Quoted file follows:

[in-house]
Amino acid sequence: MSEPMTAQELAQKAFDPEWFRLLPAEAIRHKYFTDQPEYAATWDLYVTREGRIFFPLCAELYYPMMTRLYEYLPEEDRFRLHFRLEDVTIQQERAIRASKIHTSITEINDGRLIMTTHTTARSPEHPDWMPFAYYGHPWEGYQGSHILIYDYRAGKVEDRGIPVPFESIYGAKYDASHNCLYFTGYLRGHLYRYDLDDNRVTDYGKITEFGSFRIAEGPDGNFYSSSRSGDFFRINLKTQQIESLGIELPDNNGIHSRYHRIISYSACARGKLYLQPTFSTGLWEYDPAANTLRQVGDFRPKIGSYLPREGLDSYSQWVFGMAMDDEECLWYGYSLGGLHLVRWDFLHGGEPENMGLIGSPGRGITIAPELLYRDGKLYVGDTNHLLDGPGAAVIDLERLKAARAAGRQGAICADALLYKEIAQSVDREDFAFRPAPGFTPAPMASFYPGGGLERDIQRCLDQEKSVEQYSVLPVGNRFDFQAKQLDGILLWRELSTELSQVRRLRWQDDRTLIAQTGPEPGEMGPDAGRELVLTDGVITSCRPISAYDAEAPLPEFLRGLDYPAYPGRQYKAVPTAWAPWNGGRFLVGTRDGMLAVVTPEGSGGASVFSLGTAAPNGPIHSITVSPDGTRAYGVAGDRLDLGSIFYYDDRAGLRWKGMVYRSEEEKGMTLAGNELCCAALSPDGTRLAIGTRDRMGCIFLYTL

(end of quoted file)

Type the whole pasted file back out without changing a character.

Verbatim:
[in-house]
Amino acid sequence: MSEPMTAQELAQKAFDPEWFRLLPAEAIRHKYFTDQPEYAATWDLYVTREGRIFFPLCAELYYPMMTRLYEYLPEEDRFRLHFRLEDVTIQQERAIRASKIHTSITEINDGRLIMTTHTTARSPEHPDWMPFAYYGHPWEGYQGSHILIYDYRAGKVEDRGIPVPFESIYGAKYDASHNCLYFTGYLRGHLYRYDLDDNRVTDYGKITEFGSFRIAEGPDGNFYSSSRSGDFFRINLKTQQIESLGIELPDNNGIHSRYHRIISYSACARGKLYLQPTFSTGLWEYDPAANTLRQVGDFRPKIGSYLPREGLDSYSQWVFGMAMDDEECLWYGYSLGGLHLVRWDFLHGGEPENMGLIGSPGRGITIAPELLYRDGKLYVGDTNHLLDGPGAAVIDLERLKAARAAGRQGAICADALLYKEIAQSVDREDFAFRPAPGFTPAPMASFYPGGGLERDIQRCLDQEKSVEQYSVLPVGNRFDFQAKQLDGILLWRELSTELSQVRRLRWQDDRTLIAQTGPEPGEMGPDAGRELVLTDGVITSCRPISAYDAEAPLPEFLRGLDYPAYPGRQYKAVPTAWAPWNGGRFLVGTRDGMLAVVTPEGSGGASVFSLGTAAPNGPIHSITVSPDGTRAYGVAGDRLDLGSIFYYDDRAGLRWKGMVYRSEEEKGMTLAGNELCCAALSPDGTRLAIGTRDRMGCIFLYTL